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Do Egyptians Consider Morsi's Ousting A 'Coup?'


This is TELL ME MORE from NPR News. I'm Michel Martin. We are continuing our conversation with Heba Gamal, who's been protesting in the streets of Cairo. And Al-Jazeera's Abderrahim Foukara. We're talking about the unrest in Egypt. Where is Morsi, by the way? Does...


MARTIN: ...Anyone know?

FOUKARA: He's still in - go ahead, Heba.

MARTIN: Heba, do you know?

HEBA GAMAL: Word on the street is, he is in the presidential guard. He is in the building that's in the presidential guard.

MARTIN: Heba, I'm going to ask you, what would you like to see happen now? What do you hope will happen now?

GAMAL: I think it's very important for the continued inclusion of the Muslim Brotherhood. I personally believe that in order to move forward and not enter a very scary and divisive era, which may be very similar to the 90s here in Egypt where the Muslim Brotherhood, or what used to be called the Gama'a, which was - it was operating under at the time, you know, with a lot of terrorist attacks and a lot of bombings.

And also at same time from the other side, a lot of detentions that were taking place and military trials that no one has ever heard of, and huge amounts of human rights violations that were taking place against the Muslim Brotherhood as a group. I believe firmly in the inclusion and open communication with the Muslim Brotherhood. I personally know that I won't vote for the Muslim Brotherhood again, but I think it's important for them to be represented and to continue feeling like they are part of the political platform.

MARTIN: Abderrahim, give us a final thought, if you would, about - give us a sense of how other governments in the region are reacting to this, and what do you think is going to happen next - some of the issues that we should be paying attention to.

FOUKARA: Yeah. There's been a lot of elation in the circles of several governments in the region. Bashar al-Assad - and this is one of the ironies, the Syrian president Bashar al-Assad - remember Morsi had told Bashar al-Assad to step down. Irony of ironies, Morsi's now gone, Bashar is still holding onto power. And he celebrated that in his public statements, Bashar al-Assad, a few days ago. There was also...

MARTIN: For people who don't recall, there has been an incredibly violent and bloody civil war - I think that by now we're all calling it a civil war - going on in Syria, which began with an effort to kind of oust him from his autocratic - increasingly autocratic rule. So...

FOUKARA: ...That's right. But there's also been some elation in the Gulf. The Gulf countries, Saudi Arabia, United Arab Emirates, have been extremely skittish of the Muslim Brotherhood because they know that the Muslim Brotherhood was the best organized force in Egypt. It has extensions in the Gulf, and they're more worried about those extensions than they're worried about young Saudis or Emiratis and so on.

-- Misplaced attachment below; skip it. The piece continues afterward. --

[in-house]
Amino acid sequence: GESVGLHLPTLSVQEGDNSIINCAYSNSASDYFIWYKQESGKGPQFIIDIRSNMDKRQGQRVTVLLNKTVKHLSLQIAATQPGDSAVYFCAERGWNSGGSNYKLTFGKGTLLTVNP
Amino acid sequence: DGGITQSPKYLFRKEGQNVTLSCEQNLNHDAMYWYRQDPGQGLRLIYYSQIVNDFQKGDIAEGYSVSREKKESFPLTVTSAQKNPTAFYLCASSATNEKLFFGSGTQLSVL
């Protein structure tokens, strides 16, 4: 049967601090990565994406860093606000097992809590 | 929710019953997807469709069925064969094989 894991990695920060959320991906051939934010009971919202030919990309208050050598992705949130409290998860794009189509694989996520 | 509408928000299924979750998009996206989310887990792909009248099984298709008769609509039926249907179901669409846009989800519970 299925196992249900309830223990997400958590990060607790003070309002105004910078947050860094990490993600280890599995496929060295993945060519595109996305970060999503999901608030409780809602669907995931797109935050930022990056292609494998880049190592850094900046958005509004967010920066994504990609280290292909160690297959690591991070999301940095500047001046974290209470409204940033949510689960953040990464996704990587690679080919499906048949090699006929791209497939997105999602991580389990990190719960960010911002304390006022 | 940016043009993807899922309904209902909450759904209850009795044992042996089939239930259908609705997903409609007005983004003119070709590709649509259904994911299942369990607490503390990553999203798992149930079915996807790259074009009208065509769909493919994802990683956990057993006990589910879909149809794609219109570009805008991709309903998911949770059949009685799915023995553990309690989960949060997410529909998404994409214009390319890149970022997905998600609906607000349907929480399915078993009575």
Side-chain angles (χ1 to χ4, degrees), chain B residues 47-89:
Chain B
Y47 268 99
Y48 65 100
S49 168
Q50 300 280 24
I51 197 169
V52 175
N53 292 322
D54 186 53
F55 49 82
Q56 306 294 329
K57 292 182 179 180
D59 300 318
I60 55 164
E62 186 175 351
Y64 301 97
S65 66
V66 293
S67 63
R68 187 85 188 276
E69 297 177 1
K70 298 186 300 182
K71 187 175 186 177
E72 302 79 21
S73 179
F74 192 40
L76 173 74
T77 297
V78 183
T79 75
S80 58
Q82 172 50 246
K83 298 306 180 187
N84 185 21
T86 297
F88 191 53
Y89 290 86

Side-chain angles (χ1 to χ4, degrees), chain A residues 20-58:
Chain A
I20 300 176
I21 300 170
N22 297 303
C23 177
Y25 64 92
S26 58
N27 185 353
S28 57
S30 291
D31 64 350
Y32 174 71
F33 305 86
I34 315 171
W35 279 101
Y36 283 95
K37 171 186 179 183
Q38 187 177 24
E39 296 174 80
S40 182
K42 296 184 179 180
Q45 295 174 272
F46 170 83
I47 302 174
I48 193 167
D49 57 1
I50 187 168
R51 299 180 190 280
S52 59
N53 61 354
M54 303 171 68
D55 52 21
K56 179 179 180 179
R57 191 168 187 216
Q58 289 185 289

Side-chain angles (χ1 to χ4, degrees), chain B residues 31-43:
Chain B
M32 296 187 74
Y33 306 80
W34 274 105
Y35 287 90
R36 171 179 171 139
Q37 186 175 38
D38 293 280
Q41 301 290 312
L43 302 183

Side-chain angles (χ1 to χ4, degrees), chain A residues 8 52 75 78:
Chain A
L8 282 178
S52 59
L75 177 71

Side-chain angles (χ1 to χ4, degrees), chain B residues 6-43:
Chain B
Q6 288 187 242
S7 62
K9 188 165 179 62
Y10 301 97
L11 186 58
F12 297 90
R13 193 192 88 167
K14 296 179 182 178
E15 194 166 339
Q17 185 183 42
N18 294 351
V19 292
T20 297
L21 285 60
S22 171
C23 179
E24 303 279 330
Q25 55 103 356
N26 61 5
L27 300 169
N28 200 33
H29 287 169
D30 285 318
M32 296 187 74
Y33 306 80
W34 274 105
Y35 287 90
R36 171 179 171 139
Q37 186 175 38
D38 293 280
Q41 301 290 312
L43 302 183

So the fact that Morsi has been removed has been celebrated in those countries as the end of any prospect that the Muslim Brotherhood could come back to power. But there's a flipside of that coin, and the flipside is that many off-shoots of the Muslim Brotherhood in the surrounding countries to Egypt and further afield will now look at what's happened in Egypt and they'll say, look, trying to rule through the ballot is no good. We need to explore alternative ways.

There may be, you know, calls to going back to the gun, and that could put the whole region in a very, very dangerous situation. Although, it would also put the Muslim Brotherhood and those groups in grave danger of their existence as political movements.

MARTIN: And finally, the U.S. role. The U.S. is still...

FOUKARA: ...Very complex, and very complicated, and not very clear. The Obama administration was obviously very careful not to call what happened in Egypt a coup, but they were also very clear that they want a civilian government to be put in place as soon as possible. They didn't call it a coup because according to U.S. law, if you called it a coup, you would have to cut U.S. aid to Egypt. And the U.S. aid to Egypt is very important..

MARTIN: ...Which is considerable. Which is considerable.

FOUKARA: It's over a billion dollars a year, in addition to other things. So they don't want to undermine the position of the Egyptian army because they see it as a regional factor of stability. So the U.S. is facing a real dilemma. Should it go with the army moving against Morsi, although, it enjoys great popular support in Egypt, or should it go against the ballot box, having got Morsi to the presidency over a year ago?

MARTIN: This is a very fluid situation, and I thank you both so much for helping us to understand it further. That was Al-Jazeera's Washington bureau chief, Abderrahim Foukara. He often joins us to help us understand events in North Africa and the Middle East. With us from Cairo, Heba Gamal. She is an Egyptian who left San Francisco in 2011.

She was one of the demonstrators in Tahrir Square during the fall of Hosni Mubarak, and she has remained in Egypt with her family. And we caught up with her there. Thank you both so much for speaking with us.

FOUKARA: Great to be with you, Michel.

GAMAL: Thank you so much, Michel. Transcript provided by NPR, Copyright NPR.